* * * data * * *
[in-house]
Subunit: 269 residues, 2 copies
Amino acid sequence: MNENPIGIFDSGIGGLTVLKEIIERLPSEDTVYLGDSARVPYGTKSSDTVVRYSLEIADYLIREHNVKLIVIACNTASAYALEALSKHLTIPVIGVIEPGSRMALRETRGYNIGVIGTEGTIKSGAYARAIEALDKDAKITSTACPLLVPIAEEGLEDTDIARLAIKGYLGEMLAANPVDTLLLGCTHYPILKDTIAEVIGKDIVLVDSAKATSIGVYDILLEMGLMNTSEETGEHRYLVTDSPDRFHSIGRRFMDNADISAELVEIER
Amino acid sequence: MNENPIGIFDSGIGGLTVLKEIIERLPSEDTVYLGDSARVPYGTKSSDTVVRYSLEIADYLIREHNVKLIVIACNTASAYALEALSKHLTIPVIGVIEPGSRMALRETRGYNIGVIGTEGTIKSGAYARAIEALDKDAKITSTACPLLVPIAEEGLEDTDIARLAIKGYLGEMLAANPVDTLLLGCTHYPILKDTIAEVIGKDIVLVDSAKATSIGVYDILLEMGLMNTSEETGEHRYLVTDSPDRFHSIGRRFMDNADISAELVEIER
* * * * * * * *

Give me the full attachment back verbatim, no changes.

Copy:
[in-house]
Subunit: 269 residues, 2 copies
Amino acid sequence: MNENPIGIFDSGIGGLTVLKEIIERLPSEDTVYLGDSARVPYGTKSSDTVVRYSLEIADYLIREHNVKLIVIACNTASAYALEALSKHLTIPVIGVIEPGSRMALRETRGYNIGVIGTEGTIKSGAYARAIEALDKDAKITSTACPLLVPIAEEGLEDTDIARLAIKGYLGEMLAANPVDTLLLGCTHYPILKDTIAEVIGKDIVLVDSAKATSIGVYDILLEMGLMNTSEETGEHRYLVTDSPDRFHSIGRRFMDNADISAELVEIER
Amino acid sequence: MNENPIGIFDSGIGGLTVLKEIIERLPSEDTVYLGDSARVPYGTKSSDTVVRYSLEIADYLIREHNVKLIVIACNTASAYALEALSKHLTIPVIGVIEPGSRMALRETRGYNIGVIGTEGTIKSGAYARAIEALDKDAKITSTACPLLVPIAEEGLEDTDIARLAIKGYLGEMLAANPVDTLLLGCTHYPILKDTIAEVIGKDIVLVDSAKATSIGVYDILLEMGLMNTSEETGEHRYLVTDSPDRFHSIGRRFMDNADISAELVEIER